2.6: Logical Quantiﬁers
 Page ID
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The expression \[x>5\] is neither true nor false. In fact, we cannot even determine its truth value unless we know the value of \(x\). This is an example of a propositional function, because it behaves like a function of \(x\), it becomes a proposition when a specific value is assigned to \(x\). Propositional functions are also called predicates.
Example \(\PageIndex{1}\)
Denote the propositional function “\(x > 5\)” by \(p(x)\). We often write \[p(x): \quad x>5.\] It is not a proposition because its truth value is undecidable, but \(p(6)\), \(p(3)\) and \(p(1)\) are propositions.
Example \(\PageIndex{2}\label{eg:quant02}\)
Define \[q(x,y): \quad x+y=1.\] Which of the following are propositions; which are not?
 \(q(x,y)\)
 \(q(x,3)\)
 \(q(1,1)\)
 \(q(5,4)\)
For those that are, determine their truth values.
 Answer

Both (a) and (b) are not propositions, because they contain at least one variable. Both (c) and (d) are propositions; \(q(1,1)\) is false, and \(q(5,4)\) is true.
handson Exercise \(\PageIndex{1}\label{he:quant01}\)
Determine the truth values of these statements, where \(q(x,y)\) is defined in Example 2.6.2.
 \(q(5,7)\)
 \(q(6,7)\)
 \(q(x+1,x)\)
Although a propositional function is not a proposition, we can form a proposition by means of quantification. The idea is to specify whether the propositional function is true for all or for some values that the underlying variables can take on.
Definition
The universal quantification of \(p(x)\) is the proposition in any of the following forms:
 \(p(x)\) is true for all values of \(x\).
 For all \(x\), \(p(x)\).
 For each \(x\), \(p(x)\).
 For every \(x\), \(p(x)\).
 Given any \(x\), \(p(x)\).
All of them are symbolically denoted by \[\forall x \, p(x),\] which is pronounced as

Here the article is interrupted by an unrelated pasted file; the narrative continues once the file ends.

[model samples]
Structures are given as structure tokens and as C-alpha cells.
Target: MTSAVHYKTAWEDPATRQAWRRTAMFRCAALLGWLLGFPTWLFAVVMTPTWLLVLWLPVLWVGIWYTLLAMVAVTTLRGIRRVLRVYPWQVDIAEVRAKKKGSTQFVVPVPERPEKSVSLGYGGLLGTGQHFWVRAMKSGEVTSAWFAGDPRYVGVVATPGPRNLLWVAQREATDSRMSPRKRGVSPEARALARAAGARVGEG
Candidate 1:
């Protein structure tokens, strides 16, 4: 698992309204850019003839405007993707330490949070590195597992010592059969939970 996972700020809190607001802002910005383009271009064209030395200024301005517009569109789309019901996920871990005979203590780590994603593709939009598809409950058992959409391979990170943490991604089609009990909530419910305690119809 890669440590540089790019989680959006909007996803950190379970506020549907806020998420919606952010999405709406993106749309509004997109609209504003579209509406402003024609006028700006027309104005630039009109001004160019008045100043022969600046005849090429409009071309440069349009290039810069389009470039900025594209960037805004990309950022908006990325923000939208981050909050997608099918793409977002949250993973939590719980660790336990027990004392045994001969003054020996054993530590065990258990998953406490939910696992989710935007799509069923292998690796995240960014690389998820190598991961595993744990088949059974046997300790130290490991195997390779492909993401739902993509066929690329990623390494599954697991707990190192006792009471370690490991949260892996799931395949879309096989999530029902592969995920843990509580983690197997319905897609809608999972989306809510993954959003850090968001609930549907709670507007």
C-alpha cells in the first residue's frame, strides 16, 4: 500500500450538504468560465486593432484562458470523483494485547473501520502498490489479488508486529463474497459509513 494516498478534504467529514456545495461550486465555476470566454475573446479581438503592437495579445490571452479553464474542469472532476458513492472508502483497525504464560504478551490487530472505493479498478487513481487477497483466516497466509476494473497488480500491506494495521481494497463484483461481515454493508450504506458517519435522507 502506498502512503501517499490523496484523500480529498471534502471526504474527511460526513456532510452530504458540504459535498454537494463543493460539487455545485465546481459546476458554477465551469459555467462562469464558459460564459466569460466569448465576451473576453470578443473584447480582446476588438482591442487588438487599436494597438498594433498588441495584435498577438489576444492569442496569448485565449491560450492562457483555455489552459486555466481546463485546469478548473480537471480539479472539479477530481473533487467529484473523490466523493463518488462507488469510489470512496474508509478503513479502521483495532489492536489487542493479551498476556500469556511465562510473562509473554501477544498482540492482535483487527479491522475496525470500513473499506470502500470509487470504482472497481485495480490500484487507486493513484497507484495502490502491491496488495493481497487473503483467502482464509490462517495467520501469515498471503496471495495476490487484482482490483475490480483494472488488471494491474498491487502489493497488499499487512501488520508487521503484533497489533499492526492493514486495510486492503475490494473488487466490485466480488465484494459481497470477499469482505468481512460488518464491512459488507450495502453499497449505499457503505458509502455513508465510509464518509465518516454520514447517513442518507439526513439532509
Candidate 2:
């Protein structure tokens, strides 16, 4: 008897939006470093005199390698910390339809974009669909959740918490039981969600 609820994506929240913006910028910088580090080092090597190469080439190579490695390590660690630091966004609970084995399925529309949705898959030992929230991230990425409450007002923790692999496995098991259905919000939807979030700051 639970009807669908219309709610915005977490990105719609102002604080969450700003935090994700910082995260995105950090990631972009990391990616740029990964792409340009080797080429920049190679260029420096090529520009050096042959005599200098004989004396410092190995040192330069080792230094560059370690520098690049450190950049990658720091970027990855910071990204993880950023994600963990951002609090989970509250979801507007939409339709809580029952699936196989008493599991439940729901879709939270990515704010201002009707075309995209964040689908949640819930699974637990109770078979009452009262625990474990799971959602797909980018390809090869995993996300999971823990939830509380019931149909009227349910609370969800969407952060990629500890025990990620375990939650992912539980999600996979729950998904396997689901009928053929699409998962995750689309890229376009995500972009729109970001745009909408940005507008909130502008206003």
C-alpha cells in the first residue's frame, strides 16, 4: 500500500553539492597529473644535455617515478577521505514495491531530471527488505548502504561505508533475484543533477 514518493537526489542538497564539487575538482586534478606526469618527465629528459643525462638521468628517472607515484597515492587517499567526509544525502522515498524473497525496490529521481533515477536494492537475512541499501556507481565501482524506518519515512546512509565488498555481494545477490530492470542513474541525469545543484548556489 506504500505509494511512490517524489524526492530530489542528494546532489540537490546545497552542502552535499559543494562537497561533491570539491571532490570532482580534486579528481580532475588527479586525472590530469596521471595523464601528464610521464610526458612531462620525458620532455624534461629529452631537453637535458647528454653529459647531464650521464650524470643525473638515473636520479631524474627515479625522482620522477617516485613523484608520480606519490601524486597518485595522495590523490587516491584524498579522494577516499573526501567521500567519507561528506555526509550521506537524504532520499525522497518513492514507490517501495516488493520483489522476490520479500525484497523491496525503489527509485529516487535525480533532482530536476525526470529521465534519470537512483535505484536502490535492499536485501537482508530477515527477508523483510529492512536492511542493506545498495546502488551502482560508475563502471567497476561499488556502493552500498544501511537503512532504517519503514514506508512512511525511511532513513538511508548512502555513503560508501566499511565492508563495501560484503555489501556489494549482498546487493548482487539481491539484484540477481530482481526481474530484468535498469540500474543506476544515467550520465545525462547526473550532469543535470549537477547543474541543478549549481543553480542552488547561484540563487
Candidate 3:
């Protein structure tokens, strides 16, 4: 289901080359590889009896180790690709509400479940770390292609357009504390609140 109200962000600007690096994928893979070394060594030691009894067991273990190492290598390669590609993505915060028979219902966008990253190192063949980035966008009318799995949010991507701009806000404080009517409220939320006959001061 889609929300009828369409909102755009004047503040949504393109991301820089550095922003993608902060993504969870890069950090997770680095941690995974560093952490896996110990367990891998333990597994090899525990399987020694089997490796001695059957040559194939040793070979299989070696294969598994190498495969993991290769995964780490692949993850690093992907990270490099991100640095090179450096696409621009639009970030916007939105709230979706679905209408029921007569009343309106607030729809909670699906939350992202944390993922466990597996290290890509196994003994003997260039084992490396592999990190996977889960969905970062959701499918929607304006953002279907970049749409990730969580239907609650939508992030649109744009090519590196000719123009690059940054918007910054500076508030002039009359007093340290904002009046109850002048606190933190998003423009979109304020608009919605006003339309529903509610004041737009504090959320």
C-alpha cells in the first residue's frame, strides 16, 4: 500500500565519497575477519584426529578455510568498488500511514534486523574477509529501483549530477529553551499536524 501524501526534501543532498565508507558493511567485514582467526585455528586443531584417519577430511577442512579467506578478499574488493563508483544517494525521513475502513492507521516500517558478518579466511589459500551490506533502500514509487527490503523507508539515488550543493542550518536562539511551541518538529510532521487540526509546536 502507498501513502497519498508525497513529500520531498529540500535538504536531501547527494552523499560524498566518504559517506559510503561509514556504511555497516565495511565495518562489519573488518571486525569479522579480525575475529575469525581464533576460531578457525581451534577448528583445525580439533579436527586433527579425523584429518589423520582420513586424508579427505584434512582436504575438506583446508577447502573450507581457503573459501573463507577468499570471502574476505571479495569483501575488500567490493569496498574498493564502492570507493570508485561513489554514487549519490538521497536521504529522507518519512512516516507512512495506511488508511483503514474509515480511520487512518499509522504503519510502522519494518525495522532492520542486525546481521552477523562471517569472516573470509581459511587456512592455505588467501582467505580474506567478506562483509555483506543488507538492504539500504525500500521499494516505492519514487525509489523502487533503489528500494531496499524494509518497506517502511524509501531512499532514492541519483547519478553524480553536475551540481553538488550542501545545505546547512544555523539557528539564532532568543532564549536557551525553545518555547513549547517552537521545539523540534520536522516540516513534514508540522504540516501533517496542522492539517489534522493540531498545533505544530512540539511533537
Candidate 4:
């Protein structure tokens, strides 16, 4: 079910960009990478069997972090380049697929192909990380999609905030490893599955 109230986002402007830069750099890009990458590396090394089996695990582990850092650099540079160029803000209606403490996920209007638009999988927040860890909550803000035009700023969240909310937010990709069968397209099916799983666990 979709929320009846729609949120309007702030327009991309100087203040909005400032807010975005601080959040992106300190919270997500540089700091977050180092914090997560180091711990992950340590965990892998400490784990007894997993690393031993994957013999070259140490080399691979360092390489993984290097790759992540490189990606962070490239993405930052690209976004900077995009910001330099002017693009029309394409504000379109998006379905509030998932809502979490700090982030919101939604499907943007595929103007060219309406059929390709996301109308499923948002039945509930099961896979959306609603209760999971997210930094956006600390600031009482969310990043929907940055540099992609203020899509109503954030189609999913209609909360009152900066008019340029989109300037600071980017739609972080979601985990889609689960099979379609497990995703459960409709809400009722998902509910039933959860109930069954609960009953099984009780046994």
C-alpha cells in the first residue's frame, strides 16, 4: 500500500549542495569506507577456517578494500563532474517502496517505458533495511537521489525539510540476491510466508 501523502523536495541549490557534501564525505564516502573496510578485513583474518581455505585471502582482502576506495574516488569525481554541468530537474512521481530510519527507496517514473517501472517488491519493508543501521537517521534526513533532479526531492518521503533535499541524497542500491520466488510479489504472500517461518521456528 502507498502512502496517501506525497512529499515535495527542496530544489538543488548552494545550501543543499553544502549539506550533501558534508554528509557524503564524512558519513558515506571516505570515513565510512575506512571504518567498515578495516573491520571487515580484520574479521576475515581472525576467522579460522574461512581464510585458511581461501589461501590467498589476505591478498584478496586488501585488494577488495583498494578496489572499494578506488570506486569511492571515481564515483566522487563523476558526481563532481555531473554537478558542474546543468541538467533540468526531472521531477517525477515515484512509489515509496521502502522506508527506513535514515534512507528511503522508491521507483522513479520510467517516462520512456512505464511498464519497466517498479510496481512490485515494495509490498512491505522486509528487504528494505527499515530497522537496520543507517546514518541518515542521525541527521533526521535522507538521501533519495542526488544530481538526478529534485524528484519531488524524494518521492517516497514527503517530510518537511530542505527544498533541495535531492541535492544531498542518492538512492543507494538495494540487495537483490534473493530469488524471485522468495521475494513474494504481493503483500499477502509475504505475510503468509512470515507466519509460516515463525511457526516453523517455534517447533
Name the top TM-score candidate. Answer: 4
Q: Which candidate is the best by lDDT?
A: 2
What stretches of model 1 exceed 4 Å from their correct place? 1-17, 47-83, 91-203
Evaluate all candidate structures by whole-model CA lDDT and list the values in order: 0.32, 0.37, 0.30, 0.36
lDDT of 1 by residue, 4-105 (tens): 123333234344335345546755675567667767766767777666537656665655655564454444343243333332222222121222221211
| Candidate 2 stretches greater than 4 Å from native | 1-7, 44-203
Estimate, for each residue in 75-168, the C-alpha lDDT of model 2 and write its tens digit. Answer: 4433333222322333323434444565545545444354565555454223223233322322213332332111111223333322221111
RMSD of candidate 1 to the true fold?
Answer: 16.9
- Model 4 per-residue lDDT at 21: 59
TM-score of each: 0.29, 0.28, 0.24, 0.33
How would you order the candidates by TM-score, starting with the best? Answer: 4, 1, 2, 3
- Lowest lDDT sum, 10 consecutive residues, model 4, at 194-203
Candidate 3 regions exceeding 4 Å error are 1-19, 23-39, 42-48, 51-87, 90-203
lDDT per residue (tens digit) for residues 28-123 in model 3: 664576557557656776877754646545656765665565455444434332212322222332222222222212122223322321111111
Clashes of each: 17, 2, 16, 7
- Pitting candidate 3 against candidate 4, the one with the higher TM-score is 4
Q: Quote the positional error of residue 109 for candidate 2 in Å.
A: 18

“for all \(x\), \(p(x)\)”.
The symbol \(\forall\) is called the universal quantifier, and can be extended to several variables.
Example \(\PageIndex{3}\label{eg:quant03}\)
The statement
“For any real number \(x\), we always have \(x^2\geq0\)”
is true. Symbolically, we can write
\[\forall x \in \mathbb{R} \, (x^2 \geq 0), \qquad\mbox{or}\qquad \forall x \, (x \in \mathbb{R} \Rightarrow x^2 \geq 0).\label{eg:forallx}\]
The second form is a bit wordy, but could be useful in some situations.
Example \(\PageIndex{4}\label{eg:quant04}\)
The statement \[\forall x\in\mathbb{R}\, (x > 5)\] is false because \(x\) is not always greater than 5. To disprove a claim, it suffices to provide only one counterexample. We can use \(x=4\) as a counterexample.
However, examples cannot be used to prove a universally quantified statement. Consider the statement \[\forall x\in\mathbb{R}\, (x^2\geq0).\] By direct calculations, one may demonstrate that \(x^2\geq0\) is true for many \(x\)values. But it does not prove that it is true for every \(x\), because there may be a counterexample that we have not found yet. We have to use mathematical and logical argument to prove a statement of the form “\(\forall x \, p(x)\).”
Example \(\PageIndex{5}\label{eg:quant05}\)
The statement
“Every Discrete Mathematics student has taken Calculus I and Calculus II”
is clearly a universally quantified proposition. To express it in a logical formula, we can use an implication: \[\forall x \, (x \mbox{ is a Discrete Mathematics student} \Rightarrow x \mbox{ has taken Calculus~I and Calculus~II})\] An alternative is to say \[\forall x \in S \, (x \mbox{ has taken Calculus~I and Calculus~II})\] where \(S\) represents the set of all Discrete Mathematics students. Although the second form looks simpler, we must define what \(S\) stands for.